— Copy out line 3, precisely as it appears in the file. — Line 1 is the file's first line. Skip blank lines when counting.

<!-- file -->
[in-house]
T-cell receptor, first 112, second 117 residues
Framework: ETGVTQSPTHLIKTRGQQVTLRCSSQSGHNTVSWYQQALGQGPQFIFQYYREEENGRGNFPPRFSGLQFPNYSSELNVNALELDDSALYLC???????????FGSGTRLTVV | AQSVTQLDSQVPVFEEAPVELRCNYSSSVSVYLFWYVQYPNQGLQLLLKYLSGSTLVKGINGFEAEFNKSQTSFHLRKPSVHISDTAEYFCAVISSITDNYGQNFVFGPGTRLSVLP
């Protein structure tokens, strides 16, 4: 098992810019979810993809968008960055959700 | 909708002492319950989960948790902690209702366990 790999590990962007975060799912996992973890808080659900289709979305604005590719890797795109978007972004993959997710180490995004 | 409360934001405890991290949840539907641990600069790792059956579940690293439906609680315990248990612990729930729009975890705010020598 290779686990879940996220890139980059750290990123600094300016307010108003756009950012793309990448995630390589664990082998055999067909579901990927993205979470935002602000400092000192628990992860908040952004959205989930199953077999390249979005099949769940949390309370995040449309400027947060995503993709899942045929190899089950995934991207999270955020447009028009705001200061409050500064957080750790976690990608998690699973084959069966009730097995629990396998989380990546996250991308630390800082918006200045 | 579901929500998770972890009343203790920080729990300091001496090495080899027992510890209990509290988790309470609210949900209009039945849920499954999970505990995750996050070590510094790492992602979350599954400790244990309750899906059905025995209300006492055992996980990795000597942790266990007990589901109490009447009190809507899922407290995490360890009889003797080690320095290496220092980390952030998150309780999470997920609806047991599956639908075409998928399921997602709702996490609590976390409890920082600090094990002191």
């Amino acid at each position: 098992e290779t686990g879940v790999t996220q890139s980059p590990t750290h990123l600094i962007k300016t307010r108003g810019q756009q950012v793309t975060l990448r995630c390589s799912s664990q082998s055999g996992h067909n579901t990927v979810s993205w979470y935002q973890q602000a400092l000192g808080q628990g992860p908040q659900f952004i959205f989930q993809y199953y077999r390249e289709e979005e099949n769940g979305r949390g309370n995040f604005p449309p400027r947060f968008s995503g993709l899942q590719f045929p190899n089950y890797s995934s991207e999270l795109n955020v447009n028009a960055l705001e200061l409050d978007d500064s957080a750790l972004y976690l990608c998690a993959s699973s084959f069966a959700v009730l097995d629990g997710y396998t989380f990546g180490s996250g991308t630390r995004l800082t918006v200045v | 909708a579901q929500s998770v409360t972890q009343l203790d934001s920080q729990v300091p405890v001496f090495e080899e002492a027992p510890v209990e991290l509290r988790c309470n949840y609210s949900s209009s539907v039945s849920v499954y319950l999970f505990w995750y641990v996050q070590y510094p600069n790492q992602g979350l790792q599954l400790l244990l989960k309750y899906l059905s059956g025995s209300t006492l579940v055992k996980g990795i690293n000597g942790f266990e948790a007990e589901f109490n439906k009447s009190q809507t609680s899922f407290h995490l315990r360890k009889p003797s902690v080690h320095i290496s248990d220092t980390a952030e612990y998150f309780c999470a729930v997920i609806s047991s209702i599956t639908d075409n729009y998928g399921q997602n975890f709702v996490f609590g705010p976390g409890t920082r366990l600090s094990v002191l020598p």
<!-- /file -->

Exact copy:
Framework: ETGVTQSPTHLIKTRGQQVTLRCSSQSGHNTVSWYQQALGQGPQFIFQYYREEENGRGNFPPRFSGLQFPNYSSELNVNALELDDSALYLC???????????FGSGTRLTVV | AQSVTQLDSQVPVFEEAPVELRCNYSSSVSVYLFWYVQYPNQGLQLLLKYLSGSTLVKGINGFEAEFNKSQTSFHLRKPSVHISDTAEYFCAVISSITDNYGQNFVFGPGTRLSVLP